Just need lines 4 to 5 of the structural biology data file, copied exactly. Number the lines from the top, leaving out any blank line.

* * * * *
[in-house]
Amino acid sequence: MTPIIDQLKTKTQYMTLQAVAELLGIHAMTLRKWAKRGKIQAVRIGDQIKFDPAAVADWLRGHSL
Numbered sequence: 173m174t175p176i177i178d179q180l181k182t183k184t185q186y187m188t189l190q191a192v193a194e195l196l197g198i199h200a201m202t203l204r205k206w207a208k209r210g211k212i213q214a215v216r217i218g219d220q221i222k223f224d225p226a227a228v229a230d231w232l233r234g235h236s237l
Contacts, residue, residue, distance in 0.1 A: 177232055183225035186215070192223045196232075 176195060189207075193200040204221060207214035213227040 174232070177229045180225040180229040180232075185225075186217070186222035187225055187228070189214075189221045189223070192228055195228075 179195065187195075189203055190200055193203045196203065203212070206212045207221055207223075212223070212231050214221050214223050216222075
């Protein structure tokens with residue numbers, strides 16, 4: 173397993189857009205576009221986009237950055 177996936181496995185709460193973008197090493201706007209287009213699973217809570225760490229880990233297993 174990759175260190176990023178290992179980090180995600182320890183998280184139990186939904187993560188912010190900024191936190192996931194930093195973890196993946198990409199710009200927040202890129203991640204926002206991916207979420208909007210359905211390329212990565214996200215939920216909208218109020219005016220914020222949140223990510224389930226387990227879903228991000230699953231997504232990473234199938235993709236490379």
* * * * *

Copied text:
Contacts, residue, residue, distance in 0.1 A: 177232055183225035186215070192223045196232075 176195060189207075193200040204221060207214035213227040 174232070177229045180225040180229040180232075185225075186217070186222035187225055187228070189214075189221045189223070192228055195228075 179195065187195075189203055190200055193203045196203065203212070206212045207221055207223075212223070212231050214221050214223050216222075
């Protein structure tokens with residue numbers, strides 16, 4: 173397993189857009205576009221986009237950055 177996936181496995185709460193973008197090493201706007209287009213699973217809570225760490229880990233297993 174990759175260190176990023178290992179980090180995600182320890183998280184139990186939904187993560188912010190900024191936190192996931194930093195973890196993946198990409199710009200927040202890129203991640204926002206991916207979420208909007210359905211390329212990565214996200215939920216909208218109020219005016220914020222949140223990510224389930226387990227879903228991000230699953231997504232990473234199938235993709236490379």